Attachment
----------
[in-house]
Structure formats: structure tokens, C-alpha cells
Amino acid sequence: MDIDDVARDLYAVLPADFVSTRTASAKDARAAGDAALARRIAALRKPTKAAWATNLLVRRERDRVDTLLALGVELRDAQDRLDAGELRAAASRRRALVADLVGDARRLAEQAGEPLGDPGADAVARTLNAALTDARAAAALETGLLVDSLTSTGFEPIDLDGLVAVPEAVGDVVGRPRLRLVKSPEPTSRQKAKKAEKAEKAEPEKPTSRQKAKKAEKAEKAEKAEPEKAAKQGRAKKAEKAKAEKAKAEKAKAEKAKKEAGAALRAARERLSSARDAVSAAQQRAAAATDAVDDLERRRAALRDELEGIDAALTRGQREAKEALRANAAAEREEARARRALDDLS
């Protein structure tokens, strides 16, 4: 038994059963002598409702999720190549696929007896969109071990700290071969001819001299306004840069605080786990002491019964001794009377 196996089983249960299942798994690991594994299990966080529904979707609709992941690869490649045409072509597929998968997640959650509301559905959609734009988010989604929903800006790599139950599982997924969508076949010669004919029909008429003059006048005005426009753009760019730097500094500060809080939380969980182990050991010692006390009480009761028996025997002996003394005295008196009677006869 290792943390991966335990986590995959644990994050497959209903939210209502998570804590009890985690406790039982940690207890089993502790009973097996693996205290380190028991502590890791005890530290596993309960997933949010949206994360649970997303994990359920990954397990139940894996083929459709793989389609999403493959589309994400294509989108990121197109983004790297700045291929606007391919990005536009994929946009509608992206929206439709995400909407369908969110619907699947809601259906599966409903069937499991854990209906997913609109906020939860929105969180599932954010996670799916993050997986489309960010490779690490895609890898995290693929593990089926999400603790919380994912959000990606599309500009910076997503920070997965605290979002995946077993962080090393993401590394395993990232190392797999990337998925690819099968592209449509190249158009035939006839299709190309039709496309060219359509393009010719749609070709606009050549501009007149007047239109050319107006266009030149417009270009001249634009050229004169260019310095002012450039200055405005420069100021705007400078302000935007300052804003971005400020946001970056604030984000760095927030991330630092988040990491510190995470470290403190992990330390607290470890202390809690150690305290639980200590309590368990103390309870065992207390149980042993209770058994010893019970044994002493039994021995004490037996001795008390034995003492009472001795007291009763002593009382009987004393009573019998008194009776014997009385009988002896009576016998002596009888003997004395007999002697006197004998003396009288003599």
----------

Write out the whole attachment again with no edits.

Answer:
[in-house]
Structure formats: structure tokens, C-alpha cells
Amino acid sequence: MDIDDVARDLYAVLPADFVSTRTASAKDARAAGDAALARRIAALRKPTKAAWATNLLVRRERDRVDTLLALGVELRDAQDRLDAGELRAAASRRRALVADLVGDARRLAEQAGEPLGDPGADAVARTLNAALTDARAAAALETGLLVDSLTSTGFEPIDLDGLVAVPEAVGDVVGRPRLRLVKSPEPTSRQKAKKAEKAEKAEPEKPTSRQKAKKAEKAEKAEKAEPEKAAKQGRAKKAEKAKAEKAKAEKAKAEKAKKEAGAALRAARERLSSARDAVSAAQQRAAAATDAVDDLERRRAALRDELEGIDAALTRGQREAKEALRANAAAEREEARARRALDDLS
């Protein structure tokens, strides 16, 4: 038994059963002598409702999720190549696929007896969109071990700290071969001819001299306004840069605080786990002491019964001794009377 196996089983249960299942798994690991594994299990966080529904979707609709992941690869490649045409072509597929998968997640959650509301559905959609734009988010989604929903800006790599139950599982997924969508076949010669004919029909008429003059006048005005426009753009760019730097500094500060809080939380969980182990050991010692006390009480009761028996025997002996003394005295008196009677006869 290792943390991966335990986590995959644990994050497959209903939210209502998570804590009890985690406790039982940690207890089993502790009973097996693996205290380190028991502590890791005890530290596993309960997933949010949206994360649970997303994990359920990954397990139940894996083929459709793989389609999403493959589309994400294509989108990121197109983004790297700045291929606007391919990005536009994929946009509608992206929206439709995400909407369908969110619907699947809601259906599966409903069937499991854990209906997913609109906020939860929105969180599932954010996670799916993050997986489309960010490779690490895609890898995290693929593990089926999400603790919380994912959000990606599309500009910076997503920070997965605290979002995946077993962080090393993401590394395993990232190392797999990337998925690819099968592209449509190249158009035939006839299709190309039709496309060219359509393009010719749609070709606009050549501009007149007047239109050319107006266009030149417009270009001249634009050229004169260019310095002012450039200055405005420069100021705007400078302000935007300052804003971005400020946001970056604030984000760095927030991330630092988040990491510190995470470290403190992990330390607290470890202390809690150690305290639980200590309590368990103390309870065992207390149980042993209770058994010893019970044994002493039994021995004490037996001795008390034995003492009472001795007291009763002593009382009987004393009573019998008194009776014997009385009988002896009576016998002596009888003997004395007999002697006197004998003396009288003599």